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Soriano steals Texas show

7/14/2004

HOUSTON -- Now the Texas Rangers can say they traded an MVP for an MVP.

Alfonso Soriano was the other guy in the deal that sent Alex Rodriguez to the New York Yankees last winter. On Tuesday night, Soriano became the star of the All-Star game, hitting a three-run homer off Roger Clemens in the first inning and earning the Most Valuable Player award in the American League's 9-4 win.

"I feel a little sorry because he's been nice to me all the time," said Soriano, Clemens' former teammate on the Yankees.

Because of the trade, A-Rod and Soriano will be forever linked,
their performances compared, a modern day Ted Williams and Joe
DiMaggio.

Soriano, a three-time All-Star at age 28, hit .289 with 17
homers and 55 RBIs in the first half, helping the surprising
Rangers take a two-game lead in the AL West after three years of
last-place finishes with A-Rod.

Rodriguez, an eight-time All-Star and the 2003 AL MVP, hit .270
for the AL East-leading Yankees with a team-high 22 homers, 58 RBIs
and 18 steals -- fine numbers, but below the even higher
expectations he created for himself. He was 1-for-3 with an RBI
triple Tuesday night.

"I think he's doing his job with the Yankees and I'm doing my
job in Texas," Soriano said. "I'm happy for him, but happy for
me, too."

Soriano's 343-foot shot off Clemens was his second All-Star
homer following a drive off Dodgers closer Eric Gagne two years
ago. It sailed over the "This One Counts" banner hanging over the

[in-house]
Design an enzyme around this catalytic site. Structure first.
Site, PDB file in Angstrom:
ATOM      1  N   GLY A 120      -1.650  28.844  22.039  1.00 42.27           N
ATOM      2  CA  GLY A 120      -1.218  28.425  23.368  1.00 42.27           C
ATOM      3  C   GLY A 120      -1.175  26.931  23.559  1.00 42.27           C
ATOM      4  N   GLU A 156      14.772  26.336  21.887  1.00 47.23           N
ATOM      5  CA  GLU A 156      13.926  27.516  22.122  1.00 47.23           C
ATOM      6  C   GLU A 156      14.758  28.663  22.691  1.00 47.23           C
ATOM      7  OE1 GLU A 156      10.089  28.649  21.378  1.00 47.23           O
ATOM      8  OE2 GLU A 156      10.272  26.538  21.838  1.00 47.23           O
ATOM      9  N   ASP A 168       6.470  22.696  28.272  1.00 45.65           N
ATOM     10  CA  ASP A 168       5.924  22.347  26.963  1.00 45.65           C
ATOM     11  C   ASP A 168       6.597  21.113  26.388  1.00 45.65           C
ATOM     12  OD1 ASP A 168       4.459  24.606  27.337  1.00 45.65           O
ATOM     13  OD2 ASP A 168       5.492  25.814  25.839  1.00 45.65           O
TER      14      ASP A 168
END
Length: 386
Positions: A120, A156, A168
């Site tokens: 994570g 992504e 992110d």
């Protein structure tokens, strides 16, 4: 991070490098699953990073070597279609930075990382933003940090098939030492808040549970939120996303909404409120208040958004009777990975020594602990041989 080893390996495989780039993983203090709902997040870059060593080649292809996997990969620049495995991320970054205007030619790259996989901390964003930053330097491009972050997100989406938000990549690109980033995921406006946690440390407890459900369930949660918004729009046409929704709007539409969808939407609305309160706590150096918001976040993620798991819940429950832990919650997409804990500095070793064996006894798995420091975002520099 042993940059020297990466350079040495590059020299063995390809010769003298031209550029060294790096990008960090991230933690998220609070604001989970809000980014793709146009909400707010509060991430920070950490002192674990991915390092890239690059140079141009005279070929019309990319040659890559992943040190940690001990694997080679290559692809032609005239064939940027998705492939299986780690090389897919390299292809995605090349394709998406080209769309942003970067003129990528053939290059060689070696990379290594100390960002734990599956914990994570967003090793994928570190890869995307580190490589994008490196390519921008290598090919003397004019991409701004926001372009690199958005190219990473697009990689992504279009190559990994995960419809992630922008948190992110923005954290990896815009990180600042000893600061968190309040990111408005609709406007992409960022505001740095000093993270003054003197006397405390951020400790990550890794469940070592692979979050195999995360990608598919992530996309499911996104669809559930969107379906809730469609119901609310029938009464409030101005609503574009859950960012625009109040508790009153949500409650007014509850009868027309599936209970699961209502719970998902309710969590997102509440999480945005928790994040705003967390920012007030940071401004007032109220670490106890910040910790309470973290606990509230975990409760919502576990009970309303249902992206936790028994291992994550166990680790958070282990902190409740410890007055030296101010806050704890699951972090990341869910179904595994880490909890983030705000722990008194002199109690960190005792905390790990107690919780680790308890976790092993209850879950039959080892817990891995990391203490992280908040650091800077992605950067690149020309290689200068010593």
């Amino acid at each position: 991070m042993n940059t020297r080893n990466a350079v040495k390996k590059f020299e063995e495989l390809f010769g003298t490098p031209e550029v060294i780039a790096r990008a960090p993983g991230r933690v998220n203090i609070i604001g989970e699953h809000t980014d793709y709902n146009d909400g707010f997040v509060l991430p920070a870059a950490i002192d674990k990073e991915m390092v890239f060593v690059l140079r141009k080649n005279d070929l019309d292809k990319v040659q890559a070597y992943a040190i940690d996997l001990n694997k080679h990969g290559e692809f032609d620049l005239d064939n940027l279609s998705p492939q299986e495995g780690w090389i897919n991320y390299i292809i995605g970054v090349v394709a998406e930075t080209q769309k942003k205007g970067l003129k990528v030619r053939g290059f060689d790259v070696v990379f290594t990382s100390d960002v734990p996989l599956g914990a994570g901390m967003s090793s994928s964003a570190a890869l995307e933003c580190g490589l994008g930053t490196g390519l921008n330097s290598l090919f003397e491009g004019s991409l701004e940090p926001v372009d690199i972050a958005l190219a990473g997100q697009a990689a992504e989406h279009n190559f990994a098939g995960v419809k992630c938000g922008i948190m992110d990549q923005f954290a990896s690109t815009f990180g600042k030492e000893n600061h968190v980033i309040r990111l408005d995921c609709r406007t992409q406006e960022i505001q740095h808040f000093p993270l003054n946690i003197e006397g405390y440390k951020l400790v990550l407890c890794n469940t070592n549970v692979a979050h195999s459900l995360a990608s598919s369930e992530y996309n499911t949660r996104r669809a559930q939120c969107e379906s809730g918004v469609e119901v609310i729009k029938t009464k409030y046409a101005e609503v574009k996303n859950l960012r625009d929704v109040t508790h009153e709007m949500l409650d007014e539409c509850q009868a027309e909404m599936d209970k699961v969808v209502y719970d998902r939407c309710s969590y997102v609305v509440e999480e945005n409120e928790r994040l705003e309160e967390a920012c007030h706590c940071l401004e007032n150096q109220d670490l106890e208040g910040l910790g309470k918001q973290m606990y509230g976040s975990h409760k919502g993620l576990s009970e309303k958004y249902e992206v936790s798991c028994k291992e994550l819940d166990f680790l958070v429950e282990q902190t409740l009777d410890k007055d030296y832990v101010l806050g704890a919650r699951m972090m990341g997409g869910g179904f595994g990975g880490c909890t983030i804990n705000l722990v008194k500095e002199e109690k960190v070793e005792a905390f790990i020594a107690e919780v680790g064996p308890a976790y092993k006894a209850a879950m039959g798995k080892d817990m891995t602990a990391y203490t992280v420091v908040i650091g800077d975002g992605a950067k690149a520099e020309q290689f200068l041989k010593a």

out-of-town scoreboard on the short porch in left field and gave
the AL a 6-0 lead.

He followed that with a third-inning single and a fifth-inning
strikeout, going 2-for-3. He also made a nice pickup on Sammy
Sosa's third-inning grounder to second.

"I've seen him do it for several years," said former Yankees
teammate Derek Jeter, who knows a star when he sees one.

Surrounded by his friends, Soriano felt as if he was back in the
Bronx.

"I feel tonight, honest, like I'm coming back to play for the
Yankees," he said, "Having Joe Torre (as) manager, Jeter at
short, (Jason) Giambi at first."

Socks stretched up high and always ready with a big grin,
Soriano was a hit with the Yankees. His homer in Game 7 of the 2001
World Series put Clemens in position to win before Arizona rallied
in the ninth. But for all of Soriano's neat feats in New York, fans
dwelled on his postseason last October, when he hit .206 with one
homer, nine RBIs and a record 26 strikeouts in 68 at-bats.

When the opportunity arose in February to acquire Rodriguez, New
York pounced and sent Soriano to the Rangers.

"I think it was a great trade for Sori because I think the
people in New York lost sight of how inexperienced he is," Torre
said. "So I think it was an opportunity for him to get out, and he
seems to have a smile on his face all the time."

Fans around the nation responded to Soriano's performance this
season by giving him the most votes in balloting for the starting
lineup, 3.47 million. And he rewarded them, becoming the first top
vote-getter to earn the MVP award since fan balloting resumed in
1970.

He's only the fourth second baseman to win it, following Joe
Morgan (1972), Julio Franco (1990) and Roberto Alomar (1998). After
receiving the trophy from commissioner Bud Selig, Soriano went
straight to the interview room and beamed as his mother looked on
from a front-row seat.

"Everything is for her," he said.

The Hall of Fame grabbed his jersey, putting a part of him in
Cooperstown. And then attention turned to October.

With the Yankees and Rangers both atop their divisions, Texas
could have the chance to knock the Yankees out of the postseason in
another matchup that would put Soriano and Rodriguez in the
spotlight.

"We have to make the playoffs first," Soriano said.